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Referencing

Guide to APA 6th referencing style used at ECU

Australian Guide to Legal Citation (AGLC)

Law students are required to use the Australian Guide to Legal Citation (AGLC) 4th edition referencing style, available online via the University of Melbourne (Melbourne University Law Review).

Many legal materials are covered by the AGLC, including cases, legislation, journal articles, books, parliamentary debates (Hansard), legal encyclopaedias, loose leaf services, working papers, treaties, United Nations material and more. Hard copy and online sources are covered.

AGLC 4th ed. print copies are also available in ECU's Joondalup, Mount Lawley and Bunbury Libraries.

For more information, see the Citation & Legal Writing page in the Library Law guide and Criminology and Justice guide.

Note: AGLC 4th edition is now available:

To obtain the AGLC from the publisher, either:

  1. Order a copy;
  2. Download the view-only PDF version

Documents outlining;

  • authoritative corrections as at 15 April 2019 can be found here;
  • the major substantive changes between AGLC3 and AGLC4 can be found here.

Note that the current view-only PDF version of AGLC4 does not contain bookmark (or ‘table of contents’) functionality, as was included in the PDF version of AGLC3. The publisher is aware of this and bookmark functionality will soon be added.

How to use AGLC4 effectively:

  1. Read the general rules (Part 1) which outline the conventions used across all legal sources - then go to the specific source type.
  2. The most specific rule for a source should be used.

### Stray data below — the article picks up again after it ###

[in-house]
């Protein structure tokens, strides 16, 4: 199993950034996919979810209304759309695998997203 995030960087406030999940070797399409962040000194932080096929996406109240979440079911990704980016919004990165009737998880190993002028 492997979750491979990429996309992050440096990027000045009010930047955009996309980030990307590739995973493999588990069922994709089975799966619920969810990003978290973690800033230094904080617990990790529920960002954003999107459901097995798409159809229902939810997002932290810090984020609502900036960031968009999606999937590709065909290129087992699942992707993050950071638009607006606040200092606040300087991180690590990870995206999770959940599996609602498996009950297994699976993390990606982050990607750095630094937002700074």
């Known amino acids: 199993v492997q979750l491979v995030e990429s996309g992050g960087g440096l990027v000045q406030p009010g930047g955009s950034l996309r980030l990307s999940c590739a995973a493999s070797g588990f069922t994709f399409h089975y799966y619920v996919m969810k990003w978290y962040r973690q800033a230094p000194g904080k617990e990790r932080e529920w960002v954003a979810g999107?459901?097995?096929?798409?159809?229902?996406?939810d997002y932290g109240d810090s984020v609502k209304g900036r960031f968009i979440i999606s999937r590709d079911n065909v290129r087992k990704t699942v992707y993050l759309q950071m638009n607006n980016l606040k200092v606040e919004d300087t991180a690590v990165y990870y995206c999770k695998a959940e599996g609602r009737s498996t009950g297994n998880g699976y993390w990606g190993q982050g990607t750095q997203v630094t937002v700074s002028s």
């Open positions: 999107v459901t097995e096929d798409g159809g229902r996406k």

3.  Where a source is not included in AGLC4, adapt the closest fitting rule; common sense applies here. 

AGLC4 is a footnote citation style, specifically designed to identify legal sources, and consists of:

  1. Citations in the body of the page, using a superscript (raised) number
  2. A list of footnotes at the bottom (foot) of each page, for all citations on that page
  3. A Bibliography provided at the end of the paper, giving details of each source mentioned in the text, as well as details of other sources consulted in preparing the paper. A bibliography is optional and required at the discretion of individual academics.

AGLC4 is medium neutral, meaning there is no need to include the online reference to a case, act, article, book or other source of legal information, unless it is not available in print and solely published online.

AGLC3 Overview

The Australian Guide to Legal Citation, 3rd edition (AGLC3) has been superseded by the 4th edition. Students should now use AGLC4.

Australian Guide to Legal Citation

Cover of Australian Guide to Legal Citation (4th ed.)

AGLC4 University of Melbourne

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